Keystone Cops and robbers
Hamilton stole the win after a shambolic pitstop wrecked the hopes of the show’s star: Dan Ricciardo
Track position is everything in Monaco. Lewis Hamilton learned that the hard way in 2015 when his Mercedes team blundered, and this year Daniel Ricciardo similarly witnessed the rewards for an excellent performance evaporate before his very eyes.
Lewis understood the pain. After celebrating his rst win of the season in parc fermé with the inexplicably attendant Justin Bieber, he dialled the joy down a notch as he contemplated the crushed man on the podium beside him and found the scene unnervingly familiar.
“It’s never great to start on pole and nish second,” he said, “but he should feel proud of the way he drove.”
Ricciardo had been quick all weekend and was utterly dominant when it counted in the nal phase of qualifying. Monaco’s layout played to the inherent strengths of the Red Bull chassis, particularly its superior traction. Pirelli’s new ultrasoft compound, used here for the rst time in anger after a brief appearance in pre-season testing, proved to be not that much more grippy than the supersoft – on which Ricciardo cannily set his fastest time in Q2, thus ensuring he would start the race on that set… theoretically.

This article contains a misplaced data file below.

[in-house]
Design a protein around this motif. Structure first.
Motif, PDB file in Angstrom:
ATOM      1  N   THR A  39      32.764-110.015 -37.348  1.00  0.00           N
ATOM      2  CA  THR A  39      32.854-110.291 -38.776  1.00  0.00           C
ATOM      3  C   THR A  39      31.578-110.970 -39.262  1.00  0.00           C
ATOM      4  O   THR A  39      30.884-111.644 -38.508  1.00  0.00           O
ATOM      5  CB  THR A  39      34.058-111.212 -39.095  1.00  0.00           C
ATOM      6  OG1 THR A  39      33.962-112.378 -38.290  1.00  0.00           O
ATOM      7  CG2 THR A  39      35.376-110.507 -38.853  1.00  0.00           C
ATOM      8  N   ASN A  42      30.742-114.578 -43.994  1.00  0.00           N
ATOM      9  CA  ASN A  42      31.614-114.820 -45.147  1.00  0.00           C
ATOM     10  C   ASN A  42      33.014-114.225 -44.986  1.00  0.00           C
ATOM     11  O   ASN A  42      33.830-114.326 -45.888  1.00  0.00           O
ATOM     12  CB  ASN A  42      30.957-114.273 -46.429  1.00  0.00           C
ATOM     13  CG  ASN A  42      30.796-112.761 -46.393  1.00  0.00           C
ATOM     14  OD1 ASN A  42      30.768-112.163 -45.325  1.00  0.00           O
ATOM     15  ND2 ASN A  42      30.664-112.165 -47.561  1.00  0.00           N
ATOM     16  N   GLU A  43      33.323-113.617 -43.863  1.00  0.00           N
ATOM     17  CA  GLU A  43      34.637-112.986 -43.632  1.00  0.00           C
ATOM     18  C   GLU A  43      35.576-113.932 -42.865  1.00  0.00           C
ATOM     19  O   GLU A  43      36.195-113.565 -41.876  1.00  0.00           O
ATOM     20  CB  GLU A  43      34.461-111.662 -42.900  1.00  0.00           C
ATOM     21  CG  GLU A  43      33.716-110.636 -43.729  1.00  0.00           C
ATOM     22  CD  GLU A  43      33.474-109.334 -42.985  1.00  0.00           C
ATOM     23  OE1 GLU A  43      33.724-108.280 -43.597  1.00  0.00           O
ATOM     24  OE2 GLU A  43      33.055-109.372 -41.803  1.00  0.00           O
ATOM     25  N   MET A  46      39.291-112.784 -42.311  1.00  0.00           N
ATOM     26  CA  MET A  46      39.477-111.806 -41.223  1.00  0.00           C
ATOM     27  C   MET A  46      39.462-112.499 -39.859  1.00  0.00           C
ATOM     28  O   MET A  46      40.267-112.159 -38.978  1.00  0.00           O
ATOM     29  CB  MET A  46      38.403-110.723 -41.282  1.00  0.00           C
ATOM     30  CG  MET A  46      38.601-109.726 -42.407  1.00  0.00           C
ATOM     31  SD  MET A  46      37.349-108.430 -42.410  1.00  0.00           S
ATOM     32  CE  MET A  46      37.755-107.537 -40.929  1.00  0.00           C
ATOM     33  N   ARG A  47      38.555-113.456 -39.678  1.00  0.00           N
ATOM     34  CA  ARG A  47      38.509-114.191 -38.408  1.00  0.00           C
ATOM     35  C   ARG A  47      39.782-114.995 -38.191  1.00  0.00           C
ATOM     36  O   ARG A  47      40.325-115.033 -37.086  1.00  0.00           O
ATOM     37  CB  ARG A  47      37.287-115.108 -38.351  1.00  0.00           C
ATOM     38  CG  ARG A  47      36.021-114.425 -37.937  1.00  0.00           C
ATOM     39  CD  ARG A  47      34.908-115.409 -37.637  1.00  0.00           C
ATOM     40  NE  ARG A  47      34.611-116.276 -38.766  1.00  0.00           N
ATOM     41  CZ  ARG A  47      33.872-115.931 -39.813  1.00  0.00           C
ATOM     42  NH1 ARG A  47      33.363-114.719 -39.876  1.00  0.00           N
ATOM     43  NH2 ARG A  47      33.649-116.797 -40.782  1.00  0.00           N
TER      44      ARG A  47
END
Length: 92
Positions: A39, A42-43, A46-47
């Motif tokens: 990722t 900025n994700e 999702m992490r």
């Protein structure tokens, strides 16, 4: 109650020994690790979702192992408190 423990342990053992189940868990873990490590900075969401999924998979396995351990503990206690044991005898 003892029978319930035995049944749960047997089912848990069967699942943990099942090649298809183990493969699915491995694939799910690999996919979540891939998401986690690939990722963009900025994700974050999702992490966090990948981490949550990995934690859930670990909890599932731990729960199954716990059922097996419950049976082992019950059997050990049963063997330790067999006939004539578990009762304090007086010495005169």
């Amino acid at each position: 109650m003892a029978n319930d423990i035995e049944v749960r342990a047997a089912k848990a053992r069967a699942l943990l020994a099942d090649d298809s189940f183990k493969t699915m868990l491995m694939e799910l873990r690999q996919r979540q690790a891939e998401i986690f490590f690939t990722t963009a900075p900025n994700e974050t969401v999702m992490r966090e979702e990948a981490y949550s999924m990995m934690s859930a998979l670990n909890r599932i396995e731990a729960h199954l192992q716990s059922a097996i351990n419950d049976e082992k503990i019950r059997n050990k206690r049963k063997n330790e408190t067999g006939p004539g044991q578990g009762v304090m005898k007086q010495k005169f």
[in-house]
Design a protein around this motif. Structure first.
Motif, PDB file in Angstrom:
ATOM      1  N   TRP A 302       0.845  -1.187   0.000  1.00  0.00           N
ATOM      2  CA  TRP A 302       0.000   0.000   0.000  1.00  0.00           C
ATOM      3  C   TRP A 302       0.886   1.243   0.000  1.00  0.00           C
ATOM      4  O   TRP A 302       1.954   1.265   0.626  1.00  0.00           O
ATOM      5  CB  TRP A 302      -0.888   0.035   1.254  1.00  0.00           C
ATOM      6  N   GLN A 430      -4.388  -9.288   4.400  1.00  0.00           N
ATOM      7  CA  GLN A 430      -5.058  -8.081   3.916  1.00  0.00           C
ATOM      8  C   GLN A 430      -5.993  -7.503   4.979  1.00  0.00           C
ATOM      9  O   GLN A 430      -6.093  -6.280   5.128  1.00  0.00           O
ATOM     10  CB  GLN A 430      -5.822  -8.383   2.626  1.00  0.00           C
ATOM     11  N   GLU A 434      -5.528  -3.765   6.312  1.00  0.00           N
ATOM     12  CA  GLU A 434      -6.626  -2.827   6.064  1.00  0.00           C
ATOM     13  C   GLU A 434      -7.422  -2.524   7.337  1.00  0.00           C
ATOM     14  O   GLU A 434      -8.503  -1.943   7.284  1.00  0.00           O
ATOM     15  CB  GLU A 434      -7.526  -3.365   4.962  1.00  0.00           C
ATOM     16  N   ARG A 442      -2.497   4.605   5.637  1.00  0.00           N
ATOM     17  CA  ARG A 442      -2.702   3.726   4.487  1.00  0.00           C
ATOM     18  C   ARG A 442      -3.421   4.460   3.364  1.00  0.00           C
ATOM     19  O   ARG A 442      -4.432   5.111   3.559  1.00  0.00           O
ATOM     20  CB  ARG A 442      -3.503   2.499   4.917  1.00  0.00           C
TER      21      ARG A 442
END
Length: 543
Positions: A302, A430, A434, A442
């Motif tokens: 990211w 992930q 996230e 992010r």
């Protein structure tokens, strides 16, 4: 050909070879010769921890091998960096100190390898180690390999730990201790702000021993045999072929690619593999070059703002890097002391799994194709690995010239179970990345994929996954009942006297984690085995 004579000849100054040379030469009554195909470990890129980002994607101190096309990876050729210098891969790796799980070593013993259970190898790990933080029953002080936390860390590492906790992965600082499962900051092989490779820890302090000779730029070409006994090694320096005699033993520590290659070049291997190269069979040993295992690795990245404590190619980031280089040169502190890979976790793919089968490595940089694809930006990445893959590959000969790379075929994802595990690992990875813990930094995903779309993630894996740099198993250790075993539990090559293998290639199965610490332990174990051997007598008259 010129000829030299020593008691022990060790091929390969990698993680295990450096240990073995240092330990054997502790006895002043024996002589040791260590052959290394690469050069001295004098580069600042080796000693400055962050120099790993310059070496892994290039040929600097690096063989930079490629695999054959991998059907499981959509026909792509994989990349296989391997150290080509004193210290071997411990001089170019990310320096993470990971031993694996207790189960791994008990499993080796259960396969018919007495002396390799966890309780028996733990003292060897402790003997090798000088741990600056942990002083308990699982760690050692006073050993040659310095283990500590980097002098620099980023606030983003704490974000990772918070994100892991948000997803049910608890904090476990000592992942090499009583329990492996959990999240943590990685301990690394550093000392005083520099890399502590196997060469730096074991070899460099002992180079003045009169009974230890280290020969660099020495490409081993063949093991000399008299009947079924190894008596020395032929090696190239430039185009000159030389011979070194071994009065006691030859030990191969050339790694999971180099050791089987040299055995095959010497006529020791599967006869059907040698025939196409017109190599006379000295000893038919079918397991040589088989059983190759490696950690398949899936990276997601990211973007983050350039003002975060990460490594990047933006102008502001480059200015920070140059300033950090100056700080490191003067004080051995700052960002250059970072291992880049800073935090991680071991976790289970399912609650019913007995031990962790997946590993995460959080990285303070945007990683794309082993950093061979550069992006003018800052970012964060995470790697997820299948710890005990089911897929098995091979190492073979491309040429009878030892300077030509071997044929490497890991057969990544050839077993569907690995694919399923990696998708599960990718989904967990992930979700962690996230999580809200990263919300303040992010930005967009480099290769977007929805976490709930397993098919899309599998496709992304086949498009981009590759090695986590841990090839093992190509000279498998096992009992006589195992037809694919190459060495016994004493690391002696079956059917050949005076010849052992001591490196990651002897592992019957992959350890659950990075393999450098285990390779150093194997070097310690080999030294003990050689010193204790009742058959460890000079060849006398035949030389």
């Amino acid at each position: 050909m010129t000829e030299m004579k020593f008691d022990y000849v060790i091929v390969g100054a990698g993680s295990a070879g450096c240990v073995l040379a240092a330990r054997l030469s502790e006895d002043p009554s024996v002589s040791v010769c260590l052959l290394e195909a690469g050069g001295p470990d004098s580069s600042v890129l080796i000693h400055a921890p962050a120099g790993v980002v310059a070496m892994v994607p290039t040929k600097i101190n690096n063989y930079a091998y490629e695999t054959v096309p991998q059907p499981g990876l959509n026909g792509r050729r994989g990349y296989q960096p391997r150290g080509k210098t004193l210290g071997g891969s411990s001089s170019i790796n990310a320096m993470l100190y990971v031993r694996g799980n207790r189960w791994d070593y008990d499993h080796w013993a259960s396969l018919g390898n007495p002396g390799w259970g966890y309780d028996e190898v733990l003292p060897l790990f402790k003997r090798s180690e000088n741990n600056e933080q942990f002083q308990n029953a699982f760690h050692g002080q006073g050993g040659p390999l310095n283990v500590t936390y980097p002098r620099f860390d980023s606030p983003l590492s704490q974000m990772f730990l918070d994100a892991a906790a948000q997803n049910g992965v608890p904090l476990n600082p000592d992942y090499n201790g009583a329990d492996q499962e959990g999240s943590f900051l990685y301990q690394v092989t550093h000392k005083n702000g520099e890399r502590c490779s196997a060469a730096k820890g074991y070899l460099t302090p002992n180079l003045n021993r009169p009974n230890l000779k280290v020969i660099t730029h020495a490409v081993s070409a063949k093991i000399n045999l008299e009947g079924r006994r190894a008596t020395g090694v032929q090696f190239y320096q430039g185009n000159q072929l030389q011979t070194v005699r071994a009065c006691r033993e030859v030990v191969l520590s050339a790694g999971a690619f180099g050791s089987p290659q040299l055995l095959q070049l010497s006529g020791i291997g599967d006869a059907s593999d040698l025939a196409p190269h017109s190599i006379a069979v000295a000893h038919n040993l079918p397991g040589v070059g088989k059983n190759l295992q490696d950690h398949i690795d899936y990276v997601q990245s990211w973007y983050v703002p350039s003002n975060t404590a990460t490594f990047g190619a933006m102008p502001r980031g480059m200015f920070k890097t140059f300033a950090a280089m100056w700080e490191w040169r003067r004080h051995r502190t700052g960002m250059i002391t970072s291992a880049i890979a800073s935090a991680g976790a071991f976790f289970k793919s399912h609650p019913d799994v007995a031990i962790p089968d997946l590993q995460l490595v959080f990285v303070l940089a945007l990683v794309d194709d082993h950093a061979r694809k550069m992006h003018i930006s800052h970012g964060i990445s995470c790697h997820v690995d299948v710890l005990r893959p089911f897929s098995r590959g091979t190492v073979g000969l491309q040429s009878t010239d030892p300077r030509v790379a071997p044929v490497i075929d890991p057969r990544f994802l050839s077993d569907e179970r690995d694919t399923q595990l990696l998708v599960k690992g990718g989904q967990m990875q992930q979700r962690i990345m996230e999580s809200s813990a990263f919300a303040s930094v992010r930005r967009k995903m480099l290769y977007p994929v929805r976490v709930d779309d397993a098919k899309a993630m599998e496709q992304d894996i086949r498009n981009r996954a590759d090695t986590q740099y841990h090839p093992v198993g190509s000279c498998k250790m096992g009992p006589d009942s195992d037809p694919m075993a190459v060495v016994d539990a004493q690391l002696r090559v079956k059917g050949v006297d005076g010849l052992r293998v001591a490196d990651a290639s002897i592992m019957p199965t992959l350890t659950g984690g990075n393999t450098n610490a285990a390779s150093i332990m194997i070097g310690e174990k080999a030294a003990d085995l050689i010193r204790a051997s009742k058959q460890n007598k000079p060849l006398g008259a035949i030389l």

In Q3 Ricciardo’s rst hot lap proved unbeatable as both Mercedes were briey hobbled by fuel-pressure instability caused by the fuel evaporating in the heat, which did not manifest itself until Hamilton was nearly out of the pitlane. Nico Rosberg lined up second and Hamilton was third, unable to conceal his glumness in a peculiar post-session team